As to teh film, it is an excellent study of violence in films. The viewer is treated to a murder which is done in the "Hollywood" style. Henry and his cohort are set up as the heroes of the piece and kill a Bond-like villain. It is a comedic scene. Which makes the following murders all the more brutal as they are shot in a realistic and unpleasant way. The viewer is made to feel uncomfortable, we laughed at these guys before as they killed, now we want to look away.
Recommended.
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10 of 11 people found the following review helpful By Litania on 27 Jan 2007
Format: DVD
This is a disturbing film. Yes it has the blood and gore elements but they are quite redundant. What makes this movie so horrible is partly the fact that these people could your neighbours or relatives and you wouldn't have a clue, and partly their indifference to what is going on. The acting is good considering what they must have shooting some of the scenes. The overall atmosphere of the film is very fascinating - apathetic, deranged, careless. Even if you don't sympathize with what they do or why they do it, you cannot help being dragged into their twisted minds. It's all the more disturbing to find out that the real life of Henry Lee Lucas was even worse than the events of the film.
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8 of 9 people found the following review helpful By A Customer on 23 Sep 2004
Format: DVD
"Henry" has a well deserved cult reputation. The films ability to shock and numb audiences is spoken in tones everytime its talked about. The film centres on a loner called Henry,who has murderous impulses. He lives with former prison mate, Otis, who sells drugs to young boys. Otis brings his sister, Becky, as she has left her abusive husband. This makes things complicated ans Otis feels neglected as he thinks Henry and her are getting close. Near the end, everything comes to a head and i wont give away the ending. This is loosely based on a real life killer named Henry Lee Lucas, who claimed to have killed 300 people. Despite its grim subject, this is essential yet disturbing viewing. Killers in other films like Hannibal Lecter are portrayed as anti heroic and quite comic at times. Henry, on the other hand, there is absolutley nothing to like about him. He kills with no remorse and it doesnt matter who dies either (even though they are mostly women). What makes this film effective is not the deaths we see, its the aftermath of some of them and the only thing we hear are the sounds of them dying. Its the power of using the imagination what makes it scary. This is not for everyone. But if you have a strong stomach or are curious, this is definitley something that you will not forget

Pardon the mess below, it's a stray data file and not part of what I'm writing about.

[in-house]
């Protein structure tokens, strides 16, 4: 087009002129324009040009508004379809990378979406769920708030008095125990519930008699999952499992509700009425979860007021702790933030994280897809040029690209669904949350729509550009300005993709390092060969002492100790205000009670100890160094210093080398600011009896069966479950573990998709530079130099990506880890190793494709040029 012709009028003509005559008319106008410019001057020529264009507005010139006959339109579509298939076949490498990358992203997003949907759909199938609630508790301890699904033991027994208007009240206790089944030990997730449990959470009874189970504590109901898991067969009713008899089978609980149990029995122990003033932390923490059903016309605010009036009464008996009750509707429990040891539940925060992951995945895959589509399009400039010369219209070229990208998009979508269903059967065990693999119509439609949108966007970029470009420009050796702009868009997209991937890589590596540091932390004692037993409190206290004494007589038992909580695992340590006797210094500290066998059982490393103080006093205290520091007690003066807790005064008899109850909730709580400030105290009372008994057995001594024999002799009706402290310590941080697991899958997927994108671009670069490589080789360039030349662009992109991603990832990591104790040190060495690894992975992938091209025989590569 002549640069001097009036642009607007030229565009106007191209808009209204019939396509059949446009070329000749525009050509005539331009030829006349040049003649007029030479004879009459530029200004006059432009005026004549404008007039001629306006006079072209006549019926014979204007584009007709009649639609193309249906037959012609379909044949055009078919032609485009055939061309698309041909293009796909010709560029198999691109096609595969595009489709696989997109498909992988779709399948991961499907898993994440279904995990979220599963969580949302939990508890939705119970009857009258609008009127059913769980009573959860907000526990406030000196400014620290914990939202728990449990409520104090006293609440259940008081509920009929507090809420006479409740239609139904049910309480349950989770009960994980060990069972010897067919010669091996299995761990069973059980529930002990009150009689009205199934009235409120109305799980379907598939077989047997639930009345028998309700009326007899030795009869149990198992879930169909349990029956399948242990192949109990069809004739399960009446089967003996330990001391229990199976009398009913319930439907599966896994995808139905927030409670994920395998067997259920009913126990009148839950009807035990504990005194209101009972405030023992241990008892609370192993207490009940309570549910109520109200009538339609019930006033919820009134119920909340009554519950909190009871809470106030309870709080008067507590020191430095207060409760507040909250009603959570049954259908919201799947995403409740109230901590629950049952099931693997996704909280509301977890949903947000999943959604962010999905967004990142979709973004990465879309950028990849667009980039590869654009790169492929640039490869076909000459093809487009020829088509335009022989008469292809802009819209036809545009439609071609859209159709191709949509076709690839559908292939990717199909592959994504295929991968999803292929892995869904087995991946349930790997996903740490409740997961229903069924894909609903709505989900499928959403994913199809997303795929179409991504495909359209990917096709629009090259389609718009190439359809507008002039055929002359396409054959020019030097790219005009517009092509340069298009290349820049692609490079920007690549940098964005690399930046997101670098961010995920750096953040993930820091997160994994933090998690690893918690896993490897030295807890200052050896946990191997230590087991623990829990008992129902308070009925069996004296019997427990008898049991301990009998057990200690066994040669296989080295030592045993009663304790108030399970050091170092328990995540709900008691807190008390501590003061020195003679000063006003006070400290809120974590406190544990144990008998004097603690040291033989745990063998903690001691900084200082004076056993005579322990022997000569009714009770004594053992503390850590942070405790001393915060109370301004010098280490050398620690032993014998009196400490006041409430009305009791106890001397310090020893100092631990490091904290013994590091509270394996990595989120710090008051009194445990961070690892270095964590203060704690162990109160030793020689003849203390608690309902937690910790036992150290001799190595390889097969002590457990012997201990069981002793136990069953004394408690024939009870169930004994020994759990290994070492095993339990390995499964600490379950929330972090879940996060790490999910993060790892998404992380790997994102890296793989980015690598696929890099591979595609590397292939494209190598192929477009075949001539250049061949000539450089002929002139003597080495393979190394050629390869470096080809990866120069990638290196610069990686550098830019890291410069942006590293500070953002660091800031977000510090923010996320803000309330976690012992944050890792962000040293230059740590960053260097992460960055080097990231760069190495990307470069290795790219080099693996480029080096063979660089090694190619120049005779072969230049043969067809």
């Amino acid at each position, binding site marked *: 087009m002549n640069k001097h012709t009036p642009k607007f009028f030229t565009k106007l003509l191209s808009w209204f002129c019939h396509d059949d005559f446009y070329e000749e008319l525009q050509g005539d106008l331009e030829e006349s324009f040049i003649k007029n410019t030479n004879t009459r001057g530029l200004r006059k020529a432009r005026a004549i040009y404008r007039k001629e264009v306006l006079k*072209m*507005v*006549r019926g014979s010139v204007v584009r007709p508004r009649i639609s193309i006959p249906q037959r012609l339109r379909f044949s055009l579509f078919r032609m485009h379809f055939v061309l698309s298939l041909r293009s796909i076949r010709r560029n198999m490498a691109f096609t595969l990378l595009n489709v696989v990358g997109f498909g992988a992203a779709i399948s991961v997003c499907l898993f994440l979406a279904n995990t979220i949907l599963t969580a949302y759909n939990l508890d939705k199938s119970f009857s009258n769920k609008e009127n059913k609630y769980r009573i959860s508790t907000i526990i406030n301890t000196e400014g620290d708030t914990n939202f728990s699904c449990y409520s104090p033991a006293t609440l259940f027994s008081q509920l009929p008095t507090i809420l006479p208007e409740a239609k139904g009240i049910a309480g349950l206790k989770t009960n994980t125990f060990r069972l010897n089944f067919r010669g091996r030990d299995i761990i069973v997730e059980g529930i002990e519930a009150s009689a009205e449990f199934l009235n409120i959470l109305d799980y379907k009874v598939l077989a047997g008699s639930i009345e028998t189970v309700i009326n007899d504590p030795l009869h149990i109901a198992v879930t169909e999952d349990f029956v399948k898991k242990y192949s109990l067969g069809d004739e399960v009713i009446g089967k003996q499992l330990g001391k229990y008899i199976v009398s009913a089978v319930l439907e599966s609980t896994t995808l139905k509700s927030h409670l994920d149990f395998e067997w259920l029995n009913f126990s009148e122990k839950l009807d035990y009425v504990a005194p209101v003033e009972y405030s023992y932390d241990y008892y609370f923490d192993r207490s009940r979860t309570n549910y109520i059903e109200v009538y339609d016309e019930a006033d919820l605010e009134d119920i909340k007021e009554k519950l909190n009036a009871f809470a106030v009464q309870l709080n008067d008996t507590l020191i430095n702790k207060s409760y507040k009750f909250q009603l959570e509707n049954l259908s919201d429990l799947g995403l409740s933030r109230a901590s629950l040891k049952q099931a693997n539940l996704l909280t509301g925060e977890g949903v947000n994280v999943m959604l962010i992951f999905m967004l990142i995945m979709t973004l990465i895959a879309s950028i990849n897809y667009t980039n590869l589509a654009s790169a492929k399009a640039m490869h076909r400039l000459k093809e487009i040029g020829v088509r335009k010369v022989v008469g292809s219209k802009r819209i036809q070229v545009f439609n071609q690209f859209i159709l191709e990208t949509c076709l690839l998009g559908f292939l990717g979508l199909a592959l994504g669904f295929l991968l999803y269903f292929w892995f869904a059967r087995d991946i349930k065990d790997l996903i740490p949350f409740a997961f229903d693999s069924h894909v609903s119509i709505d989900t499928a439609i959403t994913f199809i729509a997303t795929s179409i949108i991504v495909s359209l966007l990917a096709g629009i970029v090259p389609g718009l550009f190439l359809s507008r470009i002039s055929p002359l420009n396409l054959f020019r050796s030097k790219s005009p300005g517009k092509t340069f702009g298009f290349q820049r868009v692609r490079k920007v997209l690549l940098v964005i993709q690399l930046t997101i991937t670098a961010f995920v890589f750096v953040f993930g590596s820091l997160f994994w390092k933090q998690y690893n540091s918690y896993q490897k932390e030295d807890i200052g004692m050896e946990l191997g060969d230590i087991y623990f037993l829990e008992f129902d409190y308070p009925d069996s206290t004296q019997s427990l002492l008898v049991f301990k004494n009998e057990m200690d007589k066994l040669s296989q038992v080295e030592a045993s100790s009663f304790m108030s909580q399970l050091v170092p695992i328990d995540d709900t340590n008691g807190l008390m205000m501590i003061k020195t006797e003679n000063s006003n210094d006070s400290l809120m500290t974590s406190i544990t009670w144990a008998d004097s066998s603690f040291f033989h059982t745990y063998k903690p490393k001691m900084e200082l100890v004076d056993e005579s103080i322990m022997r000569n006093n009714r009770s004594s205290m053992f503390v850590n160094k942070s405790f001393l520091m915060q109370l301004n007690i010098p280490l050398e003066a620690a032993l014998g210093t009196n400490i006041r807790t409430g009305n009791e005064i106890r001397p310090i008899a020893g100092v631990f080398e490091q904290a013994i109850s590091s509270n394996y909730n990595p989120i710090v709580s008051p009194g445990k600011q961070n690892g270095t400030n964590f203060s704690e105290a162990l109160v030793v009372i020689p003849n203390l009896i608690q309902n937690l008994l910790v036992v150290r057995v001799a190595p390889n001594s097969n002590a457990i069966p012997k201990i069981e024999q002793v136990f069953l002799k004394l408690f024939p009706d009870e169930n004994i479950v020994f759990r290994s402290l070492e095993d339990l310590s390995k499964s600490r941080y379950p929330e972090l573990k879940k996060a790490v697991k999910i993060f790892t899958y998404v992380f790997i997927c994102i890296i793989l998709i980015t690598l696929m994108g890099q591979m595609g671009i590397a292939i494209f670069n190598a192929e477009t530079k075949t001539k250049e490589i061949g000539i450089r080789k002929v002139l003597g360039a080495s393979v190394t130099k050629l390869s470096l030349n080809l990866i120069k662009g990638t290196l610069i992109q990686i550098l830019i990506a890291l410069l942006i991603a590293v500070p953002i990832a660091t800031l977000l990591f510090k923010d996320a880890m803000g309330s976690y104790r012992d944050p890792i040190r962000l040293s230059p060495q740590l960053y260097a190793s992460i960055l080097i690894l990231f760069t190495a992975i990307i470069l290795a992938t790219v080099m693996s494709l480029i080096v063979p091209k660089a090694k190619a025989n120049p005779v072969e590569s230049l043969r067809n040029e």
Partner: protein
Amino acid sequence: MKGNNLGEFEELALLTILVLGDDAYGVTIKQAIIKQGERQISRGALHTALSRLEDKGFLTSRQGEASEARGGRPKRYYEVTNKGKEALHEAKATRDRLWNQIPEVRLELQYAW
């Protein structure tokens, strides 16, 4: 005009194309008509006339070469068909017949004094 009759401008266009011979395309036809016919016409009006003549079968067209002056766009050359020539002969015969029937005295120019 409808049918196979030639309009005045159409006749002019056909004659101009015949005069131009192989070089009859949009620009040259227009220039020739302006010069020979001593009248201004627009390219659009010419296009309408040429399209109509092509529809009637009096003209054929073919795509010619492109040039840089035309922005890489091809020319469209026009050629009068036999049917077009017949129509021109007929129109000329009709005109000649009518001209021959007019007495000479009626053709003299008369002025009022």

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1 of 1 people found the following review helpful By Doc Benway on 20 Jun 2008
Format: DVD
It has been years since I watched Henry on its initial theatrical release. I'm glad that I waited for an uncut release courtesy of the increasingly liberal BBFC to view it again.
Henry has lost none of it's power or intelligence over the years. As with "Peeping Tom" it raises questions of the viewer as to their motivations for watching, and responses to, the violence on show. The film has a grainy lo-fi edge that only adds to it's realism, but the cinematography is never less than stunning, as is the acting.
As it unfolds, the film becomes perhaps the definitive exploration of violence in American society. Henry's motivations as an extremely damaged product of a horrendous childhood are unflinchingly revealed in the intelligent and unsensational script, and we learn more than is comfortable about Ottis and Becky's family life. Dysfunctional families' roles in creating such warped humans has never been more brutally conveyed.
From a directorial point of view the variety of methods of depicting violence (from exploitative, almost comedic, gritty close-quarters grappling and gouging and ultimately horribly and skin-crawlingly sadistic in the infamous 'home invasion' sequence) is masterful, implicating the viewer in deeply uncomfortable ways in the mayhem, and it is a testament to McNaughton's skill that the whole holds together as well as it does.
This film is unlikely to please those seeking a slasher flick with a mounting bodycount, but is a fascinating study of repellent human beings (who have real emotional lives and interactions) for those seeking a cinema-verite journey to the heart of urban darkness. Henry is at once savage, frightening and deeply sad as an unflinching depiction of the lowest level of American society, the adult children of brutal messed-up families.